The discovery of how tumour cells relate to organs and prepare them for cancer has given University of Queensland researchers a clue to creating an early diagnostic test for ovarian cancer.
UQ Centre for Clinical Research researchers have been examining the role of exosomes and their function in ovarian cancer progression.
Study leader Dr Carlos Salomon said exosomes, which are produced by cells and contain genetic material and proteins, were contributing to the development of ovarian cancer.
“In the past five years, our understanding of how cells communicate with each other in both healthy and diseased states has undergone a significant shift,” Dr Salomon said.
“We now recognise the exosomes' role in inter-cellular signalling.
“They function as messengers, carrying specific information that allows cells to communicate with one another.”
Dr Salomon said that as carriers of protein and genetic material, exosomes were able to alter the genetic makeup of recipient cells.
He said preliminary results showed the tumour cells could release exosomes, which interacted with other organs and prepared them for the spread of the cancer, known as metastasis.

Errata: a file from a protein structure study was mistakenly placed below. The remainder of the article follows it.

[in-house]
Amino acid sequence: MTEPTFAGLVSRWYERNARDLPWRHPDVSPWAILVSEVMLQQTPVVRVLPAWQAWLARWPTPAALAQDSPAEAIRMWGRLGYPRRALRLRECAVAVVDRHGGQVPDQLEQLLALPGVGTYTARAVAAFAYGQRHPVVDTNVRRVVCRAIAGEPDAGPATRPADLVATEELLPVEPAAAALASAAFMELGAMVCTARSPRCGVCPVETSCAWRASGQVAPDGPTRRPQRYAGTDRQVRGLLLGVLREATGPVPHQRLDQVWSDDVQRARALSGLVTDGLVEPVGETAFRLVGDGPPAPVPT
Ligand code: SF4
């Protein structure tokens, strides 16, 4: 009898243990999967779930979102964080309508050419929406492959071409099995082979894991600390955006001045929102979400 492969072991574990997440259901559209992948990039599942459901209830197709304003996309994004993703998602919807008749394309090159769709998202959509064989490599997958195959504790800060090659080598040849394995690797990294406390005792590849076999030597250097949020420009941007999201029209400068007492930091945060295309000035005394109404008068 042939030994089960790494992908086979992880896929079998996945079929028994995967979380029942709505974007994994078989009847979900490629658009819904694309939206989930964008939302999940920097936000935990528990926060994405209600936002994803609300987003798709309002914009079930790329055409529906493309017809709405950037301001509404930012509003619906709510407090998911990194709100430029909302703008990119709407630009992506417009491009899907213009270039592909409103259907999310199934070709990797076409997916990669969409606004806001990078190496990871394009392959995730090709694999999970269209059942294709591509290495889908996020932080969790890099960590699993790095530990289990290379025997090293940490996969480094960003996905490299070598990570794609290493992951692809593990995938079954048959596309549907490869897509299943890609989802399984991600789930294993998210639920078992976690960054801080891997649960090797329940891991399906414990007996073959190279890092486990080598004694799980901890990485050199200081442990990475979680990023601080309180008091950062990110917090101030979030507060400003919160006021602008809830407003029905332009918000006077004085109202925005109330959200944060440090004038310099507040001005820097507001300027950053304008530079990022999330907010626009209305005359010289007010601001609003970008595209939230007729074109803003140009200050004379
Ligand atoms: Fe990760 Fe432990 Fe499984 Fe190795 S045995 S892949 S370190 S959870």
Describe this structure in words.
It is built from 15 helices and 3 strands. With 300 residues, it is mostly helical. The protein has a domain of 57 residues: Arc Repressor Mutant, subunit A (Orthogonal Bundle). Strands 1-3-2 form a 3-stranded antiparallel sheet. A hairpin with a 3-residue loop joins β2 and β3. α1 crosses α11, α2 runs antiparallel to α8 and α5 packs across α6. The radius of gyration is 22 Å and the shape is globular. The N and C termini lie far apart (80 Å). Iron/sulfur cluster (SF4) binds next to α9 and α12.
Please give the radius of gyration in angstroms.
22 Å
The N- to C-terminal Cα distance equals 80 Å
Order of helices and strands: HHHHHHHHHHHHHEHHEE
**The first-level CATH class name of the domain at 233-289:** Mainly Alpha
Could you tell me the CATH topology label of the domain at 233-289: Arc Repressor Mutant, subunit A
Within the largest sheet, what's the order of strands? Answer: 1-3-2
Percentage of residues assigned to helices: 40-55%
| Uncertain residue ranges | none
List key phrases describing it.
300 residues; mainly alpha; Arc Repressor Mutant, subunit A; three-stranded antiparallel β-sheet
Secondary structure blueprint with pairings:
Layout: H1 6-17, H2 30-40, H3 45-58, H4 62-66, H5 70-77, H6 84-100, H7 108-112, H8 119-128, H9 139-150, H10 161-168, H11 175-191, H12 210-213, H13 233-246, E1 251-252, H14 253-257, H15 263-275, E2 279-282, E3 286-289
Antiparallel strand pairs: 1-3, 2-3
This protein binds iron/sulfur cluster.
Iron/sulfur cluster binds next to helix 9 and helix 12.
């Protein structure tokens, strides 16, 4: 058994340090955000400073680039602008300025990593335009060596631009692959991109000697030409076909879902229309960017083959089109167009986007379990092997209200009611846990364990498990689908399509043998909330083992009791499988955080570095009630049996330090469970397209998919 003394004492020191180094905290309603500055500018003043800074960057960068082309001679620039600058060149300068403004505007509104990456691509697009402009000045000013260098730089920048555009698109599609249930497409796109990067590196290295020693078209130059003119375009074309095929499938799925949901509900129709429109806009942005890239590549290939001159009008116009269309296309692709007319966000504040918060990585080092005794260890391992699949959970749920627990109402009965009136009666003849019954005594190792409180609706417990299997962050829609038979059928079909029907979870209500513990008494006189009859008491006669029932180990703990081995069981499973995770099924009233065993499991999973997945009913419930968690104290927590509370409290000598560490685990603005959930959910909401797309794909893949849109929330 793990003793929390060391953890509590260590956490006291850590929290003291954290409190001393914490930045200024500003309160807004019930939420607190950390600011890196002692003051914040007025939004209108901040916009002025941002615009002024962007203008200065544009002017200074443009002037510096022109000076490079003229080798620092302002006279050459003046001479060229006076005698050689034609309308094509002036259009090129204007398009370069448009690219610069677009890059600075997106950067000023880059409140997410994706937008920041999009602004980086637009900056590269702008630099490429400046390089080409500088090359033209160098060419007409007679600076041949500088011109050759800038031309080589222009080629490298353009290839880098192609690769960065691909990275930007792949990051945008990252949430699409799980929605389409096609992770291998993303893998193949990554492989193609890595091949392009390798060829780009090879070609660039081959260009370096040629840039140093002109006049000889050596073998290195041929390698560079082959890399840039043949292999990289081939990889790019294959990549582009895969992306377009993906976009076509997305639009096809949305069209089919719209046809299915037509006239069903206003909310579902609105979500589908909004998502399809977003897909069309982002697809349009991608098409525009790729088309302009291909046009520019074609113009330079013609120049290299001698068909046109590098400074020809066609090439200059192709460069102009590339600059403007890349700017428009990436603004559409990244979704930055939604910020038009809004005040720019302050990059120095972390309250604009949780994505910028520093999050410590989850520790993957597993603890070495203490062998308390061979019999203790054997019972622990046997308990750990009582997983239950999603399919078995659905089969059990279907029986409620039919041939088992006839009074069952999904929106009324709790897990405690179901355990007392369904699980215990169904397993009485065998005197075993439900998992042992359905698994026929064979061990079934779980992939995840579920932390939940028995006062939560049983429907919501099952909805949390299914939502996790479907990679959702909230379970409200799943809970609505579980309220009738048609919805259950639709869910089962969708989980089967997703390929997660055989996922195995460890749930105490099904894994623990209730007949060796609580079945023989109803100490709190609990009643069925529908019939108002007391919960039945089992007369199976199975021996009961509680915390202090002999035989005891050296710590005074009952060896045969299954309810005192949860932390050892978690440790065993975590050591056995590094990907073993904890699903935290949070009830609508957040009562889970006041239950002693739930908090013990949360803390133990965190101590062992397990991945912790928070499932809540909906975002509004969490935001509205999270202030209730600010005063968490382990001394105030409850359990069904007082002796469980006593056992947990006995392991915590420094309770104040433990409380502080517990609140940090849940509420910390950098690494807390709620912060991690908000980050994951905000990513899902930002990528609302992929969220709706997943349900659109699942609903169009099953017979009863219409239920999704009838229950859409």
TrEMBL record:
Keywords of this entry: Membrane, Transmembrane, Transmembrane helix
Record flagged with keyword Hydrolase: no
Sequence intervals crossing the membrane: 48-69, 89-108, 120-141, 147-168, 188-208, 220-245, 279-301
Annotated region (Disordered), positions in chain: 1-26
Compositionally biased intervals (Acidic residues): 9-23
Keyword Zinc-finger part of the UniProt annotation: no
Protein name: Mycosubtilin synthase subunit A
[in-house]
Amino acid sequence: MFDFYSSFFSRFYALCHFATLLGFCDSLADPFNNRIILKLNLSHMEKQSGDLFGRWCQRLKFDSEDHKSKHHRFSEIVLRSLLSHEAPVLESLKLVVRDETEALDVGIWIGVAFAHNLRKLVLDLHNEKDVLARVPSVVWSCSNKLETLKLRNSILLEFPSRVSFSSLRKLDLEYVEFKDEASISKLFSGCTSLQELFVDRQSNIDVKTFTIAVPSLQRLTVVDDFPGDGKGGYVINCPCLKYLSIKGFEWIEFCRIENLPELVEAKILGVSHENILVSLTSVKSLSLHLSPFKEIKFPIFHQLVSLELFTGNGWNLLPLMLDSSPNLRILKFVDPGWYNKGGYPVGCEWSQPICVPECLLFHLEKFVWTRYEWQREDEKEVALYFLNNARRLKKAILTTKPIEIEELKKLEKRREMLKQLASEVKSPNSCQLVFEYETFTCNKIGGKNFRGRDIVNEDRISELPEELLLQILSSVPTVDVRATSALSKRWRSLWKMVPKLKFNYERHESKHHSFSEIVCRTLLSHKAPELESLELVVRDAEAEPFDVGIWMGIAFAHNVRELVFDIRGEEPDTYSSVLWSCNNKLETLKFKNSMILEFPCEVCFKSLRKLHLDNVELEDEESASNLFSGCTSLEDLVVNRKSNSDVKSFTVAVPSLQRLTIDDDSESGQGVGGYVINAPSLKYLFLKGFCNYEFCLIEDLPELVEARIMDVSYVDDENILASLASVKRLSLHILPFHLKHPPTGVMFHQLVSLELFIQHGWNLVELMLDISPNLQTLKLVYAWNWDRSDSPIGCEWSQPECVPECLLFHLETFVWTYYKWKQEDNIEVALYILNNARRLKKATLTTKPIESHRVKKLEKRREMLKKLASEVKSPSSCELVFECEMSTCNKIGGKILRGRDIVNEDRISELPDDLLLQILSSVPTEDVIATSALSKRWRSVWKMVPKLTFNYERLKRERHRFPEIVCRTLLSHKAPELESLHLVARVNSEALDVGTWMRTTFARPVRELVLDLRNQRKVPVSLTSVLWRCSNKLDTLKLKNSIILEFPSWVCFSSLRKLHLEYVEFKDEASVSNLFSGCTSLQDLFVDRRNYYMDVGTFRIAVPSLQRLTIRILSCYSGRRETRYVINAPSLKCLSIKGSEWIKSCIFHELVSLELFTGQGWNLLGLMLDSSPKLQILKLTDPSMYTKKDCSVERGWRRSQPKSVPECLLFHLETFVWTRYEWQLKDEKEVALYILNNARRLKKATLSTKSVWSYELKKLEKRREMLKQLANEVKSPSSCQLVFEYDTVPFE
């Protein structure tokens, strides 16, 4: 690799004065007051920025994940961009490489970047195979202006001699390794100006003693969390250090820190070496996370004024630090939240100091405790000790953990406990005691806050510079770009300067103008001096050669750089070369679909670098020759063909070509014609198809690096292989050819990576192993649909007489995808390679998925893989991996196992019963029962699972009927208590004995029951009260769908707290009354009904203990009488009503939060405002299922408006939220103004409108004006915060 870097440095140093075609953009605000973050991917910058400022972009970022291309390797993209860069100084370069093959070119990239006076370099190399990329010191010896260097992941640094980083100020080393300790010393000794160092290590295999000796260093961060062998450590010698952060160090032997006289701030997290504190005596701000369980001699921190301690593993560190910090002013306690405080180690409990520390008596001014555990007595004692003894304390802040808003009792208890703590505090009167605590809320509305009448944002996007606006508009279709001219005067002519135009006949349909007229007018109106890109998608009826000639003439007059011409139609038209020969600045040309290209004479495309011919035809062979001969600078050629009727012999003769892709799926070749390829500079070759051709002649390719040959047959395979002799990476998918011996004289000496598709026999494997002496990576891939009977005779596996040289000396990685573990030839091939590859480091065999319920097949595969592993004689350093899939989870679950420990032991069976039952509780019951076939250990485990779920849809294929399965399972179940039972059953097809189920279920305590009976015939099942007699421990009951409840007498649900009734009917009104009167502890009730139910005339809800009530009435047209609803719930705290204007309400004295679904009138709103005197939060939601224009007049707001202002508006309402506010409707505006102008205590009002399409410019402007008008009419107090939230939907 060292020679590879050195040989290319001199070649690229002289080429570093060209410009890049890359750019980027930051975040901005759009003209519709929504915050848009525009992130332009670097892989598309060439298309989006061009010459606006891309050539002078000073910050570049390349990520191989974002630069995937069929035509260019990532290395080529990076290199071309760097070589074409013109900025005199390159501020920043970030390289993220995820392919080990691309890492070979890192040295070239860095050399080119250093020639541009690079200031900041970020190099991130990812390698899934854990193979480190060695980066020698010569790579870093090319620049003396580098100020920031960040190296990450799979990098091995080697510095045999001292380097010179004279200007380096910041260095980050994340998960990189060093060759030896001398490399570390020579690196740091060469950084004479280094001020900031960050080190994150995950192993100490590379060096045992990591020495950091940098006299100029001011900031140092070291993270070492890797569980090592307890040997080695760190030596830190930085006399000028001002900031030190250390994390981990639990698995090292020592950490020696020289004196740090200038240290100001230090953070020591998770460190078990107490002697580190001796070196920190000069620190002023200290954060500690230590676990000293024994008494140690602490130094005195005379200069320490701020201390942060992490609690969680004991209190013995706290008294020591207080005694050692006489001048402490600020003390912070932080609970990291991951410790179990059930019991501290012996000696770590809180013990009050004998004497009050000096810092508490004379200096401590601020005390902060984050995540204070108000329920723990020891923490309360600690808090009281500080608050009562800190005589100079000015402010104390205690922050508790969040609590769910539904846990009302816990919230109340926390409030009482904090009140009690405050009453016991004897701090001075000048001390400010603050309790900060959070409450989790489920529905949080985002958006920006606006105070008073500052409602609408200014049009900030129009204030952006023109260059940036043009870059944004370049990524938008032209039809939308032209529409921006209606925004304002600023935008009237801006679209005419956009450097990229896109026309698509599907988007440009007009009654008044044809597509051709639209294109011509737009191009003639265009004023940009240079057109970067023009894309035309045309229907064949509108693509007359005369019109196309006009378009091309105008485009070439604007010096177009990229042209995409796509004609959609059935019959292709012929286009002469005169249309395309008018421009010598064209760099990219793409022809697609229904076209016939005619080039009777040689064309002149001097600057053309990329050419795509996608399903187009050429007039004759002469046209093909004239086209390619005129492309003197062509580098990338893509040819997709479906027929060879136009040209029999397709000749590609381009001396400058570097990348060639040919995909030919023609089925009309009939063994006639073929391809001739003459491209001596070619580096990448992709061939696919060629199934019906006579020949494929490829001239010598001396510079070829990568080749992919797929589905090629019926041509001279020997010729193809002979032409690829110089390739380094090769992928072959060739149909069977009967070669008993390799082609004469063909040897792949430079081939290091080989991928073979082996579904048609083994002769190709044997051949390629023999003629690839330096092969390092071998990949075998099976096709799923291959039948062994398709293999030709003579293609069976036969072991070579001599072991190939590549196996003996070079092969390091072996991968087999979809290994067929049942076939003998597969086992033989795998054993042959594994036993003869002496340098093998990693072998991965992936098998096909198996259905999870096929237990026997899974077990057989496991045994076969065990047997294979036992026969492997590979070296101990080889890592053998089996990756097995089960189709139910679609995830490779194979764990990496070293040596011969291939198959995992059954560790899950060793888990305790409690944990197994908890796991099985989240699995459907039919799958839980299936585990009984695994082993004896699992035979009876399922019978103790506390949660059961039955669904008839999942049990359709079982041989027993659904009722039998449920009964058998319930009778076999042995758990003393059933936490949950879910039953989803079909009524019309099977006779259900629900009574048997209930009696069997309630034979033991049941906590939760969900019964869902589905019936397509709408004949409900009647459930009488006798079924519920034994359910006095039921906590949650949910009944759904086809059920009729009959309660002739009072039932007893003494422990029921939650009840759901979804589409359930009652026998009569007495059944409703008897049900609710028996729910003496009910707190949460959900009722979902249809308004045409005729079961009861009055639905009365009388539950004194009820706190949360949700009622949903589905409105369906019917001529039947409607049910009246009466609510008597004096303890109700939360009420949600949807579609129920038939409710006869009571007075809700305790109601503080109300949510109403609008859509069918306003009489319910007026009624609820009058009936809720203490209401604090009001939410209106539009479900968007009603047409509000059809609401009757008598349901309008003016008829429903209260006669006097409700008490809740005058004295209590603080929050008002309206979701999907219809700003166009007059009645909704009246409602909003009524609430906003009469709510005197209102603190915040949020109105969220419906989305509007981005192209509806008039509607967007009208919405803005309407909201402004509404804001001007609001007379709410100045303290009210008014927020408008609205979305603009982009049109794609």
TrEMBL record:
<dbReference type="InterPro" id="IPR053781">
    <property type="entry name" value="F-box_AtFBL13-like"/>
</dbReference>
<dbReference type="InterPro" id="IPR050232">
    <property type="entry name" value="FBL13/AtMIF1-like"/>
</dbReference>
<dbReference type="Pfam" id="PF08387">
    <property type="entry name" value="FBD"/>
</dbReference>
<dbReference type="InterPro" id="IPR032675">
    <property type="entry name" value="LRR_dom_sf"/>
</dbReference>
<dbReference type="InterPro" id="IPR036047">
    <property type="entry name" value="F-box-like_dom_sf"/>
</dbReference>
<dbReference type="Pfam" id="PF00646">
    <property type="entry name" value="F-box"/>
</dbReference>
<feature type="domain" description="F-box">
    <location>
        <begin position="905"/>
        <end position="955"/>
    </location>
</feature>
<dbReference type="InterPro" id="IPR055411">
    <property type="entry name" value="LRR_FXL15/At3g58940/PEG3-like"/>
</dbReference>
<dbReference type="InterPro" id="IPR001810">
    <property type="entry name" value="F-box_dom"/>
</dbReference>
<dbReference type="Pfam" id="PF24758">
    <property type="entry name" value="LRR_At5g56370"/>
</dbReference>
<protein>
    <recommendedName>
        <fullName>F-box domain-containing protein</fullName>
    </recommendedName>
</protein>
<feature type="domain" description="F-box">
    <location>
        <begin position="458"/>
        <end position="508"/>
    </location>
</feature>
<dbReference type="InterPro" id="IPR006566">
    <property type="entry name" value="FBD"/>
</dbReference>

“The capacity for normal cells to invade is very low, so when cancer cells communicate with normal cells, it seems they have the ability to transform the normal cells into cells with high-invasion capacity – preparing for metastasis,” Dr Salomon said.
“If we can characterise the exosome profile of early stage cancer, we can identify individuals with ovarian cancer at an early stage while the disease is still treatable.”
Dr Salomon said he and his team had been able to isolate extracellular vesicles and measure the level of a particular type of exosome.
“This means we can detect early-stage ovarian cancer by looking for a specific type of exosome that tests positive for tumour biomarkers,” he said.
“There is an urgent need for a reliable diagnostic marker to allow for early detection of ovarian cancer.
“This would improve survival rates dramatically, as when the cancer is diagnosed earlier on, women fare a much better chance of a full recovery.”
Exosomes can be acquired from a range of biological fluids, which means a patient may be able to provide a blood, urine or saliva sample to receive a diagnosis for ovarian cancer in the future.
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